Hate Crime Laws

By [email protected]


Hate crime legislation helps prosecutors do their job, but it does not create any protected classes or special rights, as Julie Wald suggested in her letter to the editor (&End Hate by Introspection, Not Force&) when comparing hate crime legislation to &&the legislation we have against bias when hiring.& Hate crime laws and anti-discrimination laws are very different in nature.

Affirmative action laws, like the laws Ms. Wald referred to in her letter, do create certain classes of people. Hate crime laws do not. In fact this year&s legislation explicitly says otherwise. As the legislation reads, &This section does not create any legal status or right not already in existence in statute or common law for a group or a member of a group (HB 68 8211; Criminal Penalty Amendment, lines 61 and 62).

I agree with Ms. Wald that &Perhaps instead of trying to promote legislation for people to love instead of hate, we would be more effective to individually promote and demonstrate letting go of hate and choosing something better.& However, I wonder if the boy Mr. Mitchell attacked based on his race would feel safer know that Mr. Mitchell was introspective while he beat him to a bloody pulp. The boy Mr. Mitchell attacked was the first Caucasian kid Mr. Mitchell and his African American friends saw after discussing a scene from &Mississippi Burning.& According to the Supreme Court&s decision in this case, &As the boy walked by, Mitchell said: &You all want to fuck somebody up? There goes a white boy; go get him.&& (Mitchell v. Wisconsin, 1993 Supreme Court ruling).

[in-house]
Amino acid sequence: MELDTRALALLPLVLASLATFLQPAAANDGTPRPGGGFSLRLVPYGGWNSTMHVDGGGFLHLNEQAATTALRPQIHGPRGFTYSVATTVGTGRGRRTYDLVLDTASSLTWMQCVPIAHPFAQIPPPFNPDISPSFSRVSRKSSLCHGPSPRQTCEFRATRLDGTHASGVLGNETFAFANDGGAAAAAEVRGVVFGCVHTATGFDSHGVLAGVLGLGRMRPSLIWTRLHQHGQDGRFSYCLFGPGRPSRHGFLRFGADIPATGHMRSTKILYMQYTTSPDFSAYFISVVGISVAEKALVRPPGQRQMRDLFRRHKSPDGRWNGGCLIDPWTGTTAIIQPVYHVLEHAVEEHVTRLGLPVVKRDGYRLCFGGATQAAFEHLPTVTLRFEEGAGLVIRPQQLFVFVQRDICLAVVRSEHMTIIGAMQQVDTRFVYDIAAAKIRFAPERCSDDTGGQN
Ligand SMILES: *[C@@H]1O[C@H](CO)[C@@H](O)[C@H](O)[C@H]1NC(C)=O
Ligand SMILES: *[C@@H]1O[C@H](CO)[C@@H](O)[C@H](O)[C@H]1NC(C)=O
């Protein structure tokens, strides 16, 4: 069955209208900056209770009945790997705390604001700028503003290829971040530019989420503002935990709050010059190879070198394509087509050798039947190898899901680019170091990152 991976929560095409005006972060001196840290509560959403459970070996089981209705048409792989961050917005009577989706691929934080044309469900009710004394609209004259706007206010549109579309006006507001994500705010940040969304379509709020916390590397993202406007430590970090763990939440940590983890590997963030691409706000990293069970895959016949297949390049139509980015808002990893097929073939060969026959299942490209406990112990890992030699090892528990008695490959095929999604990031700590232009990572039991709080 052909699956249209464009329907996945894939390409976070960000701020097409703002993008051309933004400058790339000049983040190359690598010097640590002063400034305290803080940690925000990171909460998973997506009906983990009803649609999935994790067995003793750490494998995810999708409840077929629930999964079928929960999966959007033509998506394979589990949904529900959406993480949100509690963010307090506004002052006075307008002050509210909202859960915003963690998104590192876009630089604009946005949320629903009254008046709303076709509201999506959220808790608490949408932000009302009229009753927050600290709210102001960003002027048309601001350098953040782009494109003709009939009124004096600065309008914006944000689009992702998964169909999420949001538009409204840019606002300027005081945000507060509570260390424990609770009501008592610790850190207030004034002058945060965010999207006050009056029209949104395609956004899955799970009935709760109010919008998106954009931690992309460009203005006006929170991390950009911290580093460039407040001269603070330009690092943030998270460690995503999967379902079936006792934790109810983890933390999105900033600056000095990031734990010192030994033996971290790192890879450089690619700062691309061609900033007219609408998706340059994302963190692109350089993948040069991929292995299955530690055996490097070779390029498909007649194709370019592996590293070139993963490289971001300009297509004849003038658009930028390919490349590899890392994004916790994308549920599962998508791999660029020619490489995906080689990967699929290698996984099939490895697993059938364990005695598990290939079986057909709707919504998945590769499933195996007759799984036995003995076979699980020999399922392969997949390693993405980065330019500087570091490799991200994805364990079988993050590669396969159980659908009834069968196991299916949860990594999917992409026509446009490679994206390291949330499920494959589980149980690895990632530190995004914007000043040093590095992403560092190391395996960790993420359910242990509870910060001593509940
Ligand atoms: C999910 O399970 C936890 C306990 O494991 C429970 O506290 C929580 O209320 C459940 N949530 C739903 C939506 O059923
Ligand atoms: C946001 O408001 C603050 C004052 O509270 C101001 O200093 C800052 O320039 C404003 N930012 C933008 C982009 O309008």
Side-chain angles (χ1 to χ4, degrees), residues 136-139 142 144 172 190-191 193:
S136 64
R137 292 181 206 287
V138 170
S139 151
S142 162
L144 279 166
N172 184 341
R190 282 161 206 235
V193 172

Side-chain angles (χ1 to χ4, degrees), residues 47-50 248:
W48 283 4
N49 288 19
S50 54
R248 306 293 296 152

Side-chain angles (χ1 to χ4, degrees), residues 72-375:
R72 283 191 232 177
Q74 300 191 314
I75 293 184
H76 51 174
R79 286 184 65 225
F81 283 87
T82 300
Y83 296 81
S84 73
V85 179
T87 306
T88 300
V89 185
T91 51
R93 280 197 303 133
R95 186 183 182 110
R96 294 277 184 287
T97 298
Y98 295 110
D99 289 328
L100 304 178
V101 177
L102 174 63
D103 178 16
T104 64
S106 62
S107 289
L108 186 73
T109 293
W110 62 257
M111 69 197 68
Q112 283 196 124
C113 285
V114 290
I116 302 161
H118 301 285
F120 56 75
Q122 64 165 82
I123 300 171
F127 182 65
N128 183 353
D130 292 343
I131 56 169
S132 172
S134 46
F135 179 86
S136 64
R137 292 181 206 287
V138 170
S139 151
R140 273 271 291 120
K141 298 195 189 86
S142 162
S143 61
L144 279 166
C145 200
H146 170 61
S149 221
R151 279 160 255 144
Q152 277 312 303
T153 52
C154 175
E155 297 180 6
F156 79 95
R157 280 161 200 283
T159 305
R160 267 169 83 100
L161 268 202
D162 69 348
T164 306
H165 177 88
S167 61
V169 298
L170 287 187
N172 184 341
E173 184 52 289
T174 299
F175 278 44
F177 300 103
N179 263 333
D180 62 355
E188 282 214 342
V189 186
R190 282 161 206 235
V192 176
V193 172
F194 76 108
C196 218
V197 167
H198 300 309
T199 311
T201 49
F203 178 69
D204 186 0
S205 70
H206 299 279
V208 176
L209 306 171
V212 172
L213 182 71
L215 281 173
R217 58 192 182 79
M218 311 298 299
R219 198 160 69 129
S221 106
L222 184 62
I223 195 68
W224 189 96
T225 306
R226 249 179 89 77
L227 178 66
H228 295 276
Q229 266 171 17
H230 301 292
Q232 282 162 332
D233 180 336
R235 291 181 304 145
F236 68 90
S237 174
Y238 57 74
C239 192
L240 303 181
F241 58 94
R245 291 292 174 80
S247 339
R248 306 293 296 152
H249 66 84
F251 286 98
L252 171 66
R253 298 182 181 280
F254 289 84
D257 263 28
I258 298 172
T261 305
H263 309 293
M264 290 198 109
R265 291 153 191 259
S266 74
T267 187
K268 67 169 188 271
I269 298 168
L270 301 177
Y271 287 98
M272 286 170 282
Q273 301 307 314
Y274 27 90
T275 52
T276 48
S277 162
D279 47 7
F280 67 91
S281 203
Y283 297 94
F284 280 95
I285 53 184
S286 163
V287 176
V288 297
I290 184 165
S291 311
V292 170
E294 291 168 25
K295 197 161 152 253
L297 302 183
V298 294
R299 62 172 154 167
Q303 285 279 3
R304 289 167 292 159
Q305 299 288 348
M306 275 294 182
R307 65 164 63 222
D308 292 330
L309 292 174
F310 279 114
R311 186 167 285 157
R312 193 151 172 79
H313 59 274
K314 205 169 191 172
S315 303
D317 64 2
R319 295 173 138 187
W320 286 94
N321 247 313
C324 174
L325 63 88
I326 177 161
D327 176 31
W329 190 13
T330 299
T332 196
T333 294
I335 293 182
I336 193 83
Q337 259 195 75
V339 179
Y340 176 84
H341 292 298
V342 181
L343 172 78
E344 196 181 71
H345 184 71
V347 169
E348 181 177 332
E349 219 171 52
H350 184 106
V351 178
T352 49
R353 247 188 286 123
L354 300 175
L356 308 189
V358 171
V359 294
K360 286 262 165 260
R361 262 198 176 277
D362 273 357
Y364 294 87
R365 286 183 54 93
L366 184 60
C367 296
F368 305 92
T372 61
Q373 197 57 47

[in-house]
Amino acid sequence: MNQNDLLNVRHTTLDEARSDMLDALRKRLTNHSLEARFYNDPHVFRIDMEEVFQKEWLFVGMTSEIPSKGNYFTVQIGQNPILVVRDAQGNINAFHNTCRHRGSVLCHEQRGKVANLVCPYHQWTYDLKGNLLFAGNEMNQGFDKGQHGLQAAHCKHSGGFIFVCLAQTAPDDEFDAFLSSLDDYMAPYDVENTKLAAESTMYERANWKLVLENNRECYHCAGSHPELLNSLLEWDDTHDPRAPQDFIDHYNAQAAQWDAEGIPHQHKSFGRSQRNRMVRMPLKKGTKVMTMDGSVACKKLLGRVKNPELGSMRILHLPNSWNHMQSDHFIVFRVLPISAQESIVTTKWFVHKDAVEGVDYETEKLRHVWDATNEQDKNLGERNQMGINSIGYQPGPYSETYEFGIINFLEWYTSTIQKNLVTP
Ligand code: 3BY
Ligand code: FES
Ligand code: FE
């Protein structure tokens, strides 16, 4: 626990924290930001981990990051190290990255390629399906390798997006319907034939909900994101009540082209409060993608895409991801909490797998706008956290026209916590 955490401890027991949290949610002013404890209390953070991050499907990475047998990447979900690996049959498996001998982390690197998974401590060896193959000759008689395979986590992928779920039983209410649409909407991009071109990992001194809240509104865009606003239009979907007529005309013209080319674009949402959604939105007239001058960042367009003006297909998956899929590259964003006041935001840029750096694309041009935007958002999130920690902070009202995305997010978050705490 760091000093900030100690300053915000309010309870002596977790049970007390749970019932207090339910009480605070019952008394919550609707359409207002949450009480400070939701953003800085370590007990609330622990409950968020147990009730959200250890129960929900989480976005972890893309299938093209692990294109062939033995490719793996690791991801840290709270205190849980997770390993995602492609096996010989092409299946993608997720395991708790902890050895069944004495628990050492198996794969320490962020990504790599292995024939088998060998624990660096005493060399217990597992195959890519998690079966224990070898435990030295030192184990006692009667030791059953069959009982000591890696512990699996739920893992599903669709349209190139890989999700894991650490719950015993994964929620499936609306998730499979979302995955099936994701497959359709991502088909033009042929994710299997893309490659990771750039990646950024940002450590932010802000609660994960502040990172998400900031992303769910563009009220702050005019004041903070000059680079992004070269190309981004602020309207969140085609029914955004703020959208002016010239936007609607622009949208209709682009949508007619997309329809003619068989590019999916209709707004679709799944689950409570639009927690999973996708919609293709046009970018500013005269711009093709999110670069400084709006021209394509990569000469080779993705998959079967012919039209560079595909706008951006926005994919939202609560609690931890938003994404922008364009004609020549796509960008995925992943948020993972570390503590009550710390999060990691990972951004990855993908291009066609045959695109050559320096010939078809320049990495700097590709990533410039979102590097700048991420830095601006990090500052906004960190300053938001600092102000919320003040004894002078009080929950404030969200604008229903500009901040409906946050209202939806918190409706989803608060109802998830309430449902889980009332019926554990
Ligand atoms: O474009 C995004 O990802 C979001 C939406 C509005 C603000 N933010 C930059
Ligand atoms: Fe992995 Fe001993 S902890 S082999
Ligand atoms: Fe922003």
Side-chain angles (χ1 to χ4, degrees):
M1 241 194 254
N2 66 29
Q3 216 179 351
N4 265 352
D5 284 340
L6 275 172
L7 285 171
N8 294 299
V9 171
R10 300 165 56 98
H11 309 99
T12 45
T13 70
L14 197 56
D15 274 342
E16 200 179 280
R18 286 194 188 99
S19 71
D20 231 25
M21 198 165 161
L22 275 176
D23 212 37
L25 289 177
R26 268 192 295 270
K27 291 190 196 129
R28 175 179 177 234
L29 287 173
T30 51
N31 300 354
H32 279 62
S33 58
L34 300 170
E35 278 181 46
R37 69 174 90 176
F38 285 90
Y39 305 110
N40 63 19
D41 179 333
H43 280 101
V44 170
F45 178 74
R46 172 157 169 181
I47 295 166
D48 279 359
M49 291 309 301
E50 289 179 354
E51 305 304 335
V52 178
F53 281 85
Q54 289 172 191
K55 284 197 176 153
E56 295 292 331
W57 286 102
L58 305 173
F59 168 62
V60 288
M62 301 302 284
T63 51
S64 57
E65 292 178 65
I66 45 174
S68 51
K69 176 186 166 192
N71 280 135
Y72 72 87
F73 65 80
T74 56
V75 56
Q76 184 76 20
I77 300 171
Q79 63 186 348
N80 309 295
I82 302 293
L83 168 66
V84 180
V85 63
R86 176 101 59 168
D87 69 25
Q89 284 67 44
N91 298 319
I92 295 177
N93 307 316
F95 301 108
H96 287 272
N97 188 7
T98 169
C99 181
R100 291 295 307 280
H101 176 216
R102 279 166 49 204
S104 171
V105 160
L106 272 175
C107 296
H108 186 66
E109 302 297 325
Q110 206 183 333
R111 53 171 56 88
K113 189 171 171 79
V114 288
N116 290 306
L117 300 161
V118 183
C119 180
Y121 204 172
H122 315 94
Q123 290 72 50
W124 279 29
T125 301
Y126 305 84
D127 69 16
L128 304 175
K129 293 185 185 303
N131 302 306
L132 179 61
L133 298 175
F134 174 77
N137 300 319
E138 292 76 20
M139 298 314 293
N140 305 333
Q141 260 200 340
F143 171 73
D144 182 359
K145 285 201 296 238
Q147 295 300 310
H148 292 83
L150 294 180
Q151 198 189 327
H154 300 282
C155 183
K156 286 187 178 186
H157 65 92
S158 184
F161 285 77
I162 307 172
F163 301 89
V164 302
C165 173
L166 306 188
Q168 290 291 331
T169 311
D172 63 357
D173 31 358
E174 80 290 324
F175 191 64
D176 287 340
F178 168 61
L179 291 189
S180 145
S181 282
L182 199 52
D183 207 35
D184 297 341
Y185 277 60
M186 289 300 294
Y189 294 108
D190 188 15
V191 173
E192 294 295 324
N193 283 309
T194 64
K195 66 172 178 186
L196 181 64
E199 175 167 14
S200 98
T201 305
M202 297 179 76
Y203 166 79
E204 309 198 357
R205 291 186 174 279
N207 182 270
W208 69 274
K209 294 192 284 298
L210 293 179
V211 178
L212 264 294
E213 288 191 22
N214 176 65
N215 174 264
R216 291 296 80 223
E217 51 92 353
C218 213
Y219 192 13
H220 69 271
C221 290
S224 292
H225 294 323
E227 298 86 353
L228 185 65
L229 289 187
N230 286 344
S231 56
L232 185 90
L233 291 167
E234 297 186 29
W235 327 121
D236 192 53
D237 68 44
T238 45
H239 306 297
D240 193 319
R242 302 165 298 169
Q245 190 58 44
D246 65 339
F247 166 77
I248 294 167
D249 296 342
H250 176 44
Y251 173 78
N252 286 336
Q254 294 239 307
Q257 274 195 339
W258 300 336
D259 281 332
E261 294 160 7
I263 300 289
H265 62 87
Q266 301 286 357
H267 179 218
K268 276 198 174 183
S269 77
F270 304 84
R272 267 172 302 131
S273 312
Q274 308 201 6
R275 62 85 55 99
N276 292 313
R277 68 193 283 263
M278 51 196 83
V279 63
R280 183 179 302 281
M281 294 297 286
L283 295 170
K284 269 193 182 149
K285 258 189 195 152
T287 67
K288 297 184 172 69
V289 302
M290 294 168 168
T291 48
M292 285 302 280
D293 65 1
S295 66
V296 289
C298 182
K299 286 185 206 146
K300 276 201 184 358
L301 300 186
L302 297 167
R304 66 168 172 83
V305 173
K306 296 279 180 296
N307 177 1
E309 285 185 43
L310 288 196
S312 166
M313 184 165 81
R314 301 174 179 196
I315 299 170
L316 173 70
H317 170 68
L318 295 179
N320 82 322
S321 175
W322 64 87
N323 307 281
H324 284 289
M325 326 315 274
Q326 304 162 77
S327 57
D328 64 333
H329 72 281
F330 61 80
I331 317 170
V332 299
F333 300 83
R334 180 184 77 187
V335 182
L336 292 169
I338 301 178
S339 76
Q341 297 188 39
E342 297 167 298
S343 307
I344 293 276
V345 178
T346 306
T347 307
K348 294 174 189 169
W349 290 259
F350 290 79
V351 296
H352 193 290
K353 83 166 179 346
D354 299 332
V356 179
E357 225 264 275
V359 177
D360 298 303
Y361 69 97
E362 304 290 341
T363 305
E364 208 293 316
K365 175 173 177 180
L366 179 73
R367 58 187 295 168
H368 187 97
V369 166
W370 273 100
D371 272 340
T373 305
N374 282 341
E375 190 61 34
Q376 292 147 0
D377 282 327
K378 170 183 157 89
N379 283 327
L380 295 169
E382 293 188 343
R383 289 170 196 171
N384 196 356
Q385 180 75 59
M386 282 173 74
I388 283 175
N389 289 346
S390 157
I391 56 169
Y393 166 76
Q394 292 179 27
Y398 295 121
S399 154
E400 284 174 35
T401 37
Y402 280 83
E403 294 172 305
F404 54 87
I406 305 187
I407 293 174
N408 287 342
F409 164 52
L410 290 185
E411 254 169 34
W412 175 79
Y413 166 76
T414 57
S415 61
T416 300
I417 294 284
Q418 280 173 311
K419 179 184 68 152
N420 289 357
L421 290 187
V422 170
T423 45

Hate crime laws allowed the prosecutors in the Mitchell case to enhance the penalties the African American attackers received for beating the boy. The boy Mitchell attacked received no special treatment or rights because of the hate crime law.